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Frontiers of Medicine

ISSN 2095-0217

ISSN 2095-0225(Online)

CN 11-5983/R

Postal Subscription Code 80-967

2018 Impact Factor: 1.847

Front. Med.    2019, Vol. 13 Issue (1) : 126-130
Middle East respiratory syndrome coronavirus in pediatrics: a report of seven cases from Saudi Arabia
Sarah H. Alfaraj1,2, Jaffar A. Al-Tawfiq3,4, Talal A. Altuwaijri5, Ziad A. Memish6,7,8()
1. University of British Columbia, Vancouver, V6T 1Z4, Canada
2. Corona Center, Infectious Diseases Division, Department of Pediatric, Prince Mohamed Bin Abdulaziz Hospital, Ministry of Health, Riyadh 11676, Saudi Arabia
3. Indiana University School of Medicine, Indianapolis, IN 46202, USA
4. Johns Hopkins Aramco Healthcare, Dhahran 31311, Saudi Arabia
5. Department of Surgery, King Saud University, Riyadh 11692, Saudi Arabia
6. College of Medicine, Alfaisal University, Riyadh 11533, Saudi Arabia
7. Infectious Diseases Division, Department of Medicine, Prince Mohamed Bin Abdulaziz Hospital, Ministry of Health, Riyadh 11676, Saudi Arabia
8. Hubert Department of Global Health, Rollins School of Public Health, Emory University, Atlanta, GA 30322, USA
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Infection with Middle East respiratory syndrome coronavirus (MERS-CoV) emerged in 2012 as an important respiratory disease with high fatality rates of 40%–60%. Despite the increased number of cases over subsequent years, the number of pediatric cases remained low. A review of studies conducted from June 2012 to April 19, 2016 reported 31 pediatric MERS-CoV cases. In this paper, we present the clinical and laboratory features of seven patients with pediatric MERS. Five patients had no underlying medical illnesses, and three patients were asymptomatic. Of the seven cases, four (57%) patients sought medical advice within 1–7 days from the onset of symptoms. The three other patients (43%) were asymptomatic and were in contact with patients with confirmed diagnosis of MERS-CoV. The most common presenting symptoms were fever (57%), cough (14%), shortness of breath (14%), vomiting (28%), and diarrhea (28%). Two (28.6%) patients had platelet counts of<150 × 109/L, and one patient had an underlying end-stage renal disease. The remaining patients presented with normal blood count, liver function, and urea and creatinine levels. The documented MERS-CoV Ct values were 32–38 for four of the seven cases. Two patients (28.6%) had abnormal chest radiographic findings of bilateral infiltration. One patient (14.3%) required ventilator support, and two patients (28.6%) required oxygen supplementation. All the seven patients were discharged without complications.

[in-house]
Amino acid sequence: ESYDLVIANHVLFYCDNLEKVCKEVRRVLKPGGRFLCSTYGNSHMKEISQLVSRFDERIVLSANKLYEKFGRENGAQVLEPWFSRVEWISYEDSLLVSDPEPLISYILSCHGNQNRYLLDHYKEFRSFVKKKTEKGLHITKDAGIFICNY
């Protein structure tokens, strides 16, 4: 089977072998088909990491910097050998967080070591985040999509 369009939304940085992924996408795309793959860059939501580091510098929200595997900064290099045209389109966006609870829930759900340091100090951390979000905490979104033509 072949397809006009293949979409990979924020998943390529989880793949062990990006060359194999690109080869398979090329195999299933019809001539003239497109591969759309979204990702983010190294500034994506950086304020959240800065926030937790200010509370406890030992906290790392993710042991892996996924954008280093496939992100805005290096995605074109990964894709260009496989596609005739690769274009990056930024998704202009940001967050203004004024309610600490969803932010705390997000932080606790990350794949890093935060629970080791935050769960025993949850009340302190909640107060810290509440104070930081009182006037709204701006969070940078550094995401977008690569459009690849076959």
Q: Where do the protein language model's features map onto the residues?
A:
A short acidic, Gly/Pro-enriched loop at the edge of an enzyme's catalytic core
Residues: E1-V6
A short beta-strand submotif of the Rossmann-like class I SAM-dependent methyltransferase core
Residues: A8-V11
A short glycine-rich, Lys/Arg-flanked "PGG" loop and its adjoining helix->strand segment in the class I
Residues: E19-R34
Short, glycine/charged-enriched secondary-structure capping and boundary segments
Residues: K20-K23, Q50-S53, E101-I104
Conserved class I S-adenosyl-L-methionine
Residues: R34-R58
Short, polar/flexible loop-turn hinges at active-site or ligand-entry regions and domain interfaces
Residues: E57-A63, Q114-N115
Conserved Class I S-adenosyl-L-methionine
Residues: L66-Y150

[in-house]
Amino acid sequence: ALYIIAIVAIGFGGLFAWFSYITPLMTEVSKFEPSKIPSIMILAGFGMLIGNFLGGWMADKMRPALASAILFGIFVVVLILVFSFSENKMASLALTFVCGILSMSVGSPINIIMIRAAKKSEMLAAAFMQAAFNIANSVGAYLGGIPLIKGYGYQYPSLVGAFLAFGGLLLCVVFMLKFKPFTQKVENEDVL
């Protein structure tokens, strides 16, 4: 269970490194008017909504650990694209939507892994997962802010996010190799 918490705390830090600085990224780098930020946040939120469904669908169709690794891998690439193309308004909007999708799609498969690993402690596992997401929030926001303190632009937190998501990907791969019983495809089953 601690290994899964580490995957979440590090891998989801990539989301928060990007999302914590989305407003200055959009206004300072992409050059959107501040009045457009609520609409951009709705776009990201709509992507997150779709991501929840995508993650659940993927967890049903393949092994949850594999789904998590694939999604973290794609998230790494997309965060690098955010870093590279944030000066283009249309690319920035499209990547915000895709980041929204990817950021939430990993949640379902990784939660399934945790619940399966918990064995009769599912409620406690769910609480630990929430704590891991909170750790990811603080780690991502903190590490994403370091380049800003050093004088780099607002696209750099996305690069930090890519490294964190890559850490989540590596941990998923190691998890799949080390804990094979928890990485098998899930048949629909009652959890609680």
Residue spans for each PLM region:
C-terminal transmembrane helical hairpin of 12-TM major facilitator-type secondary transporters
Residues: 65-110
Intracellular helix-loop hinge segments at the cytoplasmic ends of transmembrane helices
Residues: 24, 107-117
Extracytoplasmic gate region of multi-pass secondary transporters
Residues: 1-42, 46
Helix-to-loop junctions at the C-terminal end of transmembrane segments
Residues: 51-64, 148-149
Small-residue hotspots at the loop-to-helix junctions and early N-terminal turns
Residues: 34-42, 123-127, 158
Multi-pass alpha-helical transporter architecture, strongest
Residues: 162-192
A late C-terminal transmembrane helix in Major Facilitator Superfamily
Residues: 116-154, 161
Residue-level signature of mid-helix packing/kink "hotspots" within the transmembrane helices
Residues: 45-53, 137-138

Keywords Middle East respiratory syndrome coronavirus      MERS-CoV      pregnancy      pediatrics     
Corresponding Authors: Ziad A. Memish   
Just Accepted Date: 12 February 2018   Online First Date: 09 April 2018    Issue Date: 12 March 2019
 Cite this article:   
Sarah H. Alfaraj,Jaffar A. Al-Tawfiq,Talal A. Altuwaijri, et al. Middle East respiratory syndrome coronavirus in pediatrics: a report of seven cases from Saudi Arabia[J]. Front. Med., 2019, 13(1): 126-130.
Number Age Gender Symptom Comorbidity CXR finding Intensive care unit Day of illness before hospitalization Linked to O2 requirement
1 16 Male Fever, SOB, diarrhea, vomiting ESRD, asthma Pneumonic infiltration YES 2 Contact with confirmed case 6 days
2 10 Female Fever, cough, vomiting, diarrhea NO Normal NO 7 NA Nil
3 13 Female Fever Miliary TB Bilateral diffuse NO 2 NA 12 days
4 6 Female Fever NO Normal NO 1 No Nil
5 0.75 Male Asymptomatic NO Normal NO Asymptomatic Mother and grandmother confirmed cases Nil
6 9 Female Asymptomatic Sickle cell anemia Normal NO Asymptomatic NA Nil
7 1.5 Male Asymptomatic NO Normal NO Asymptomatic Mother confirmed case Nil
Tab.1  Summary of clinical presentation and outcome of pediatric MERS-CoV cases
Fig.1  Graph showing the most common clinical findings (percentage) among the presented pediatric MERS-CoV cases.
Number Viral Ct value WBC Hgb Plat Neut count Neut % CK ALT AST Creat Albumin
1 NA 6.1 91 58 4.95 81.0 169 37 91 1256.1 NA
2 37 3.8 149 145 0.18 4.6 NA NA NA NA 34
3 32 3 90 467 2.25 70.6 NA 6 71 44 26
4 36 8.6 138 500 5.14 60.0 NA NA NA NA 41
5 NA 17.9 105 406 1.93 10.8 62 NA NA 36.3 NA
6 38 13.3 77 352 9.19 69.2 NA NA NA NA 44
7 NA 11 113 383 2.16 19.6 NA 23 42 NA 45
Tab.2  Laboratory data on presentation of pediatric MERS-CoV cases
Fig.2  Portable chest X-ray showing bilateral mid and lower zone patchy air space consolidation with mild right-sided pleural effusion.
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